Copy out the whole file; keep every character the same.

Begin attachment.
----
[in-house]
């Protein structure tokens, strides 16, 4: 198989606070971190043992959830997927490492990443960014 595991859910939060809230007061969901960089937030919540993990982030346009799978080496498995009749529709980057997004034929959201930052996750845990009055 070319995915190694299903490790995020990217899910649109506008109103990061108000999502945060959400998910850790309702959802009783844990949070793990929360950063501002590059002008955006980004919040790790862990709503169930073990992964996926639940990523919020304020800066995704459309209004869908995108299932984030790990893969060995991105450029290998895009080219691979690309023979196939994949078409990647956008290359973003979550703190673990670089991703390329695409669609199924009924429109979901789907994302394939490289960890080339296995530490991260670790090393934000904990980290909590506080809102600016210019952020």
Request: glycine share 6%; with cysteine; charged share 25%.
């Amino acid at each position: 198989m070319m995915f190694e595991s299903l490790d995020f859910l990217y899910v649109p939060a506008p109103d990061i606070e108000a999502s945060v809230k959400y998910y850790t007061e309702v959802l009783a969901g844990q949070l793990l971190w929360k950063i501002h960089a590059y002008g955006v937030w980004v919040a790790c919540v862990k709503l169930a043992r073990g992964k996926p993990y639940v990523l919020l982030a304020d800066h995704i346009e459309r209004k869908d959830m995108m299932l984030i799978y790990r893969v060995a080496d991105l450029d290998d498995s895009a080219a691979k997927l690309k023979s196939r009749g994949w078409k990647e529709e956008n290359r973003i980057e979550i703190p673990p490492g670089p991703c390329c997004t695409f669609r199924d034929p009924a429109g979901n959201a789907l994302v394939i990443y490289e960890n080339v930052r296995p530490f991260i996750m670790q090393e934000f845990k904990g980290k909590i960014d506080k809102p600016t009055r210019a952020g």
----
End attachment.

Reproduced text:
[in-house]
């Protein structure tokens, strides 16, 4: 198989606070971190043992959830997927490492990443960014 595991859910939060809230007061969901960089937030919540993990982030346009799978080496498995009749529709980057997004034929959201930052996750845990009055 070319995915190694299903490790995020990217899910649109506008109103990061108000999502945060959400998910850790309702959802009783844990949070793990929360950063501002590059002008955006980004919040790790862990709503169930073990992964996926639940990523919020304020800066995704459309209004869908995108299932984030790990893969060995991105450029290998895009080219691979690309023979196939994949078409990647956008290359973003979550703190673990670089991703390329695409669609199924009924429109979901789907994302394939490289960890080339296995530490991260670790090393934000904990980290909590506080809102600016210019952020």
Request: glycine share 6%; with cysteine; charged share 25%.
């Amino acid at each position: 198989m070319m995915f190694e595991s299903l490790d995020f859910l990217y899910v649109p939060a506008p109103d990061i606070e108000a999502s945060v809230k959400y998910y850790t007061e309702v959802l009783a969901g844990q949070l793990l971190w929360k950063i501002h960089a590059y002008g955006v937030w980004v919040a790790c919540v862990k709503l169930a043992r073990g992964k996926p993990y639940v990523l919020l982030a304020d800066h995704i346009e459309r209004k869908d959830m995108m299932l984030i799978y790990r893969v060995a080496d991105l450029d290998d498995s895009a080219a691979k997927l690309k023979s196939r009749g994949w078409k990647e529709e956008n290359r973003i980057e979550i703190p673990p490492g670089p991703c390329c997004t695409f669609r199924d034929p009924a429109g979901n959201a789907l994302v394939i990443y490289e960890n080339v930052r296995p530490f991260i996750m670790q090393e934000f845990k904990g980290k909590i960014d506080k809102p600016t009055r210019a952020g």